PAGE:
Daniel Schwartz                                                                                   Special Projects Coordinator

Michael Awusie Interview!

Hello friends,

This past week, I (“I” being Daniel Schwartz, Special Projects Coordinator at the Conservatory) sat down for the first of hopefully numerous interviews with one of the many dedicated members of our staff.  This week, the subject of the interview was Theater Arts Program Coordinator Michael Awusie.  Michael has been involved with the conservatory in some capacity now for over 15 years, and had much to say about his experiences both here and as a writer, actor, and choreographer in the outside world.  Here is the transcript from our discussion.

(D: Daniel, M: Michael)

D: Michael, how did you first hear about and become involved with the Conservatory?

M: It goes back to the mid 90s; my sister was a student here since she was 4 or 5.  Fast-forward a few years to when I was about ten and a half. I had no direction in my life, so my mom she put me in the drama program, which was run by Bertin K Rowser at that time.  I took classes and went on through the pre-professional theater program, took a dance class, the occasional voice lesson until I graduated high school and went off to college.  The director at the time, Daphne Richards, contacted me once I graduated about coming back and teaching part time.  So when I came back in the fall of 2004 I was an assistant instructor in the drama program, working on a part time basis.  I assisted the teachers, assuming more and more responsibility, and ultimately began teaching with the assistant title stripped.  It sort of coincided with Daphne Richards leaving, and I was still here so they were grooming me for her position in a way.   Then Darrell came on board and he was also in the department, and we’ve been working together ever since then.  So, this is my sixth year working here but my relationship with the harbor goes back a ways.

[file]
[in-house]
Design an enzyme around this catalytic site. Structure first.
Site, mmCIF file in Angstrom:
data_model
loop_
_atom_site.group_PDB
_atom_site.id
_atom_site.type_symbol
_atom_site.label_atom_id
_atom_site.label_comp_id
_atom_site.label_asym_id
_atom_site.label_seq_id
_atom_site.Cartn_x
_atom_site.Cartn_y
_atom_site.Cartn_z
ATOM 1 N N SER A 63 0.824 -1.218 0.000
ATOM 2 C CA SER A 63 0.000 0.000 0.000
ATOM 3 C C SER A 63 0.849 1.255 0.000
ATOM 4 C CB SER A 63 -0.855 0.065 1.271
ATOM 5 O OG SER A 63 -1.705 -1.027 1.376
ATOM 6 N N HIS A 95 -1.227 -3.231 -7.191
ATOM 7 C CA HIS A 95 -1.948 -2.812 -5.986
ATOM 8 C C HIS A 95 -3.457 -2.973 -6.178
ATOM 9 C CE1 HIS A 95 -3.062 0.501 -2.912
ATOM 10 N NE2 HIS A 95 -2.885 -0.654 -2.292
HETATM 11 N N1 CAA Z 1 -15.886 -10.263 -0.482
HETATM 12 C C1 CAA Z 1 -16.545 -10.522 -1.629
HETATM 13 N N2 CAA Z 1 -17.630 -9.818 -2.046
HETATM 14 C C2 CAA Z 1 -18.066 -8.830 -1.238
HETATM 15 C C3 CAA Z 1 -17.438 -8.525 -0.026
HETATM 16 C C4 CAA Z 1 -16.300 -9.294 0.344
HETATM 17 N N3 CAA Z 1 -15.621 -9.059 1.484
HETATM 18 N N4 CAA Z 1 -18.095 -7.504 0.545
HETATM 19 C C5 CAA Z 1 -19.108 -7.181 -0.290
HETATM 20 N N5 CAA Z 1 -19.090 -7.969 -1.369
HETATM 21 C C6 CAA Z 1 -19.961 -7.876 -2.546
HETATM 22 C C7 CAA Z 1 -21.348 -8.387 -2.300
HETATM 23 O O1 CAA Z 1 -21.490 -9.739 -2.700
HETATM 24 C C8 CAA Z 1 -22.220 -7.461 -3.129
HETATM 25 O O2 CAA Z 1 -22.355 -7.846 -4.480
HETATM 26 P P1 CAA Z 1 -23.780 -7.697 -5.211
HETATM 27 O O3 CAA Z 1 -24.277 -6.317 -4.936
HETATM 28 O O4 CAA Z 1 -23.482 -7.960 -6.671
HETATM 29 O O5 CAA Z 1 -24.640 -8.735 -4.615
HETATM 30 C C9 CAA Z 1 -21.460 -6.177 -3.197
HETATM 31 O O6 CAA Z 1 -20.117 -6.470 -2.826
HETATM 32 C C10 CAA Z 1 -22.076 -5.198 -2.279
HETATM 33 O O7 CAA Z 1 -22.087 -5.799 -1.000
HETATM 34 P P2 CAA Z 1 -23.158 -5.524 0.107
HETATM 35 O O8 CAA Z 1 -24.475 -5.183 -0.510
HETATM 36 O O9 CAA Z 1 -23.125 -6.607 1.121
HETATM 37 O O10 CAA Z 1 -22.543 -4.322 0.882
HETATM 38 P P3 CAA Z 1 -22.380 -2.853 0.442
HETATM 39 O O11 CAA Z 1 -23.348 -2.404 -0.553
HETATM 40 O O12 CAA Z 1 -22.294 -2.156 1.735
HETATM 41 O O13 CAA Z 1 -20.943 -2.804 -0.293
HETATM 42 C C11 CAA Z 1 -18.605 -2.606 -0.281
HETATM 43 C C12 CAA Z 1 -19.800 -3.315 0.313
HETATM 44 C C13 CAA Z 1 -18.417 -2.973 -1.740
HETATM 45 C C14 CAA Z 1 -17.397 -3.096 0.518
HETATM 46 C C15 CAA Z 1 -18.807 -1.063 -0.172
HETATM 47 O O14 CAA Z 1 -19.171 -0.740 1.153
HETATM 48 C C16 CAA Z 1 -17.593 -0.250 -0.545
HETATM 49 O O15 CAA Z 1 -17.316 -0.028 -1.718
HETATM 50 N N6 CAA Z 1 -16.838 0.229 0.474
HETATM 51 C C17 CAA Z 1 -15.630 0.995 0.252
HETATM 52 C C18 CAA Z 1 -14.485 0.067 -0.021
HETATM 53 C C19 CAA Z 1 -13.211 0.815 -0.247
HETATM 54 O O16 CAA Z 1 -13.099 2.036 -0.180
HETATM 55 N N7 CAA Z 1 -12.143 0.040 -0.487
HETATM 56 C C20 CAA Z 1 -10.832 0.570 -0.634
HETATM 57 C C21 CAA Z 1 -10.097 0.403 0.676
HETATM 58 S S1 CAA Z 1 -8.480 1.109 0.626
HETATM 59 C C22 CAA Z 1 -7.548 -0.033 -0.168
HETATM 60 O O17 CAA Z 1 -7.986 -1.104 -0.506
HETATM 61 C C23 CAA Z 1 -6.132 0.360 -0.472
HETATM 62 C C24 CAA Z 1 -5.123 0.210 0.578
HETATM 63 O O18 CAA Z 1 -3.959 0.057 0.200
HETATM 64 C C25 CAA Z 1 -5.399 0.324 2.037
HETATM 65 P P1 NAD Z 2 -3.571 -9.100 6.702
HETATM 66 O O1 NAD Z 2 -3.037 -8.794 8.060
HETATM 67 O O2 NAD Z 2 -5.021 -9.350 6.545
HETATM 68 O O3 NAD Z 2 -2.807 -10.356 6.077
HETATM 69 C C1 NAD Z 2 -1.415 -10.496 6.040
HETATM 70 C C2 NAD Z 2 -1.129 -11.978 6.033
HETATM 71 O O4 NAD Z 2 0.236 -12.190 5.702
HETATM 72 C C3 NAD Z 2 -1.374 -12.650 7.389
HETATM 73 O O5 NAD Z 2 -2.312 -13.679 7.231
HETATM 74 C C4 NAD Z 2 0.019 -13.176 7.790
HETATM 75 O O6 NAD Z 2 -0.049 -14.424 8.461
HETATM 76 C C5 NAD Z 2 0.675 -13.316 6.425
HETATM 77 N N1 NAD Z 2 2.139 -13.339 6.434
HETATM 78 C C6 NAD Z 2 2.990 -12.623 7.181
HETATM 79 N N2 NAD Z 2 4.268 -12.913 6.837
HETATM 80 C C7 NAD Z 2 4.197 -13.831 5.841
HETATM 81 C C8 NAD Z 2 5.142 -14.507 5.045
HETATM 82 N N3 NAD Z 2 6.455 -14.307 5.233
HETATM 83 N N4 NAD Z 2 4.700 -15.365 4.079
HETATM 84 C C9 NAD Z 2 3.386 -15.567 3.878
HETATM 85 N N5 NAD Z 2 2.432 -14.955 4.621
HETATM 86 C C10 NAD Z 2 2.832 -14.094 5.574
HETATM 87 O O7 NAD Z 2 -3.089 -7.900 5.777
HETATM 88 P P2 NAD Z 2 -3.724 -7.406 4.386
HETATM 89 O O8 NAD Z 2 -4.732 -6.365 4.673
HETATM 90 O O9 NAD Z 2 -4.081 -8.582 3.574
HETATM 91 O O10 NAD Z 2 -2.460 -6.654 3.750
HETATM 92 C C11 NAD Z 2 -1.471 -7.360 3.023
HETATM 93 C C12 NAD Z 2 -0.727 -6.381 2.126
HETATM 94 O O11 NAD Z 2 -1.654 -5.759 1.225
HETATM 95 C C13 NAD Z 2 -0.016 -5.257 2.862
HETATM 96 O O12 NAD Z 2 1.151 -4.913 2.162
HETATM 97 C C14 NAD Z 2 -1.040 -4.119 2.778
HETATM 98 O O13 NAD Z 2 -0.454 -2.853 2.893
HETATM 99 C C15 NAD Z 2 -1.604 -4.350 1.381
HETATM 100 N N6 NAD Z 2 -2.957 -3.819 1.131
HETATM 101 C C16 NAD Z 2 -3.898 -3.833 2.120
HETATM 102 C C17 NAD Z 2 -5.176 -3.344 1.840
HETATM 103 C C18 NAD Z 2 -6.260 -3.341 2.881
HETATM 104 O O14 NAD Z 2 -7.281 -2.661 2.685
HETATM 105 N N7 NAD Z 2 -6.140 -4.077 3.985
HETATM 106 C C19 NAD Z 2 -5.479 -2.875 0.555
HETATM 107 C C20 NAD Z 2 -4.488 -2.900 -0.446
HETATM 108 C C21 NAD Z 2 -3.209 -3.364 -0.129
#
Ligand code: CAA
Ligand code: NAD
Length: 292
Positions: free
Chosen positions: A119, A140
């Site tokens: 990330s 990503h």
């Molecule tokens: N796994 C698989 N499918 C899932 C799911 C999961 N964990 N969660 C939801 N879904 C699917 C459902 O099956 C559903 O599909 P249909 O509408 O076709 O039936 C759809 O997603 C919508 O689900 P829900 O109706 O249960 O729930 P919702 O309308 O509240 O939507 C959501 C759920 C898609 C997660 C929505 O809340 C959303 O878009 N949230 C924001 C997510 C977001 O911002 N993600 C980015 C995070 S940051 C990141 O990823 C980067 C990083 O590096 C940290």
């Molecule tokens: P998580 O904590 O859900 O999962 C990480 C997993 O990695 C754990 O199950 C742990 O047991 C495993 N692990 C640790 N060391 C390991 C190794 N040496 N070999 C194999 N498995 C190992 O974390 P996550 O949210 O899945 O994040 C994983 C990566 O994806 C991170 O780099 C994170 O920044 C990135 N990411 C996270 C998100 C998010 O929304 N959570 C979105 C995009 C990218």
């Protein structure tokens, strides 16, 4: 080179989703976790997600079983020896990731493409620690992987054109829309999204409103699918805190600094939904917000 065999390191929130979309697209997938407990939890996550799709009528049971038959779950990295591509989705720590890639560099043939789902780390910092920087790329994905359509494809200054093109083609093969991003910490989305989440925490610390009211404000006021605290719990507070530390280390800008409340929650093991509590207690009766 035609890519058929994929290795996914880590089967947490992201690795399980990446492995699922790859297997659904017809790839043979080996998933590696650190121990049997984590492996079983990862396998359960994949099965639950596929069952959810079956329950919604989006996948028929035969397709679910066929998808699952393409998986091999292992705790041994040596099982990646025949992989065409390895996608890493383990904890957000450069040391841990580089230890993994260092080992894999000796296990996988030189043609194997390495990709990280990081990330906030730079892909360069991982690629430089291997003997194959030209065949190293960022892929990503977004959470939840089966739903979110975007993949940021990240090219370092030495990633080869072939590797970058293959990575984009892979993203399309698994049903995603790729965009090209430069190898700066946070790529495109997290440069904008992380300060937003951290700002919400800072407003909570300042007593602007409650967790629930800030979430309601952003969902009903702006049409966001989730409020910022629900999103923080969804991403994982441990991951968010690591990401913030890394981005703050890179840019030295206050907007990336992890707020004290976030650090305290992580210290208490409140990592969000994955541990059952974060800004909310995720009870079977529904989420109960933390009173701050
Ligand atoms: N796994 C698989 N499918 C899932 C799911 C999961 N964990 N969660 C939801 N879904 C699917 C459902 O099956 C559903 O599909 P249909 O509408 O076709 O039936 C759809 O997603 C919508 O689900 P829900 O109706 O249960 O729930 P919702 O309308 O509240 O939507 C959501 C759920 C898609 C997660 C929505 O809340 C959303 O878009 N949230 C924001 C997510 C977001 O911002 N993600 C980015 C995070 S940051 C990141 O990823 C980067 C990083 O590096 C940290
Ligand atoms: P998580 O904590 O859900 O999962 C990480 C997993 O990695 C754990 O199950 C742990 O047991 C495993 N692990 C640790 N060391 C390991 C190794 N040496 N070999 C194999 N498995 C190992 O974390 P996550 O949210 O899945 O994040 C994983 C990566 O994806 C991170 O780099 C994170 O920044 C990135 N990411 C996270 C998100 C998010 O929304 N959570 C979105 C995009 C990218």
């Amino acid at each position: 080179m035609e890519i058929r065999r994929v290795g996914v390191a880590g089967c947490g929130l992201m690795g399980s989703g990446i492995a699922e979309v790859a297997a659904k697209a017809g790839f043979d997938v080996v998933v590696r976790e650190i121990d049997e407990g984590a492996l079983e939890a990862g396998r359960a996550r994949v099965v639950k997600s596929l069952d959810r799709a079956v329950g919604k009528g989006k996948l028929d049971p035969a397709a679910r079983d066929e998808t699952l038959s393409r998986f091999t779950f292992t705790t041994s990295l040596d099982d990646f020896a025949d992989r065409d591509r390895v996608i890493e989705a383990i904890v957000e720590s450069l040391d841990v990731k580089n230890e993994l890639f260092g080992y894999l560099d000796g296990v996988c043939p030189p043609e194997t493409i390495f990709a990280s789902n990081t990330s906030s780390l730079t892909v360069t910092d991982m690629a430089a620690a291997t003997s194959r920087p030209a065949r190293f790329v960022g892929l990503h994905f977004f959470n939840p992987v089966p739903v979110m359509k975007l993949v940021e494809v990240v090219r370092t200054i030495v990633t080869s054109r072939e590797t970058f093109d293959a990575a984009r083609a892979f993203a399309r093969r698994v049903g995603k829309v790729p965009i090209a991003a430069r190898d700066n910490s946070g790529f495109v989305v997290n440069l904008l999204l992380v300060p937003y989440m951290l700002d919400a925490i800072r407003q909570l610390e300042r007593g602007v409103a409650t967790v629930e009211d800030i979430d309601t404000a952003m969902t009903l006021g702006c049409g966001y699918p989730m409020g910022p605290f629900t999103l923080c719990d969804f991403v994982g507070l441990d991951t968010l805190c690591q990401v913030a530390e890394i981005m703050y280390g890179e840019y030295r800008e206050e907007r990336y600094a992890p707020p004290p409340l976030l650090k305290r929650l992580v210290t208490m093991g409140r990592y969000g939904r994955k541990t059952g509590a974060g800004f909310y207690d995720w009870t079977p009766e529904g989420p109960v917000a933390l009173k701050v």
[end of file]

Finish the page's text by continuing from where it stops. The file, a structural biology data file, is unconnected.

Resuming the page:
D: For more than half your life it sounds like.

M: Yeah yeah, wow.  Yeah wow.

D: Have you done/do you do much acting outside of the Harbor?

M: Yeah, yeah I’m currently a member of two companies, one with the graduate writing program at NYU and then a program called Pride Not Prejudice.  The graduate writing program is me and the other actors helping dramatic writers develop new works.  They write a scene, come in; often times we direct questions at them to help them make dramatic sense.  You know, where’s the conflict, things like that.  We perform it, and they get to hear it.  Even if it doesn’t work, they get to hear it doesn’t work.  So it’s really like a workshop for new writers.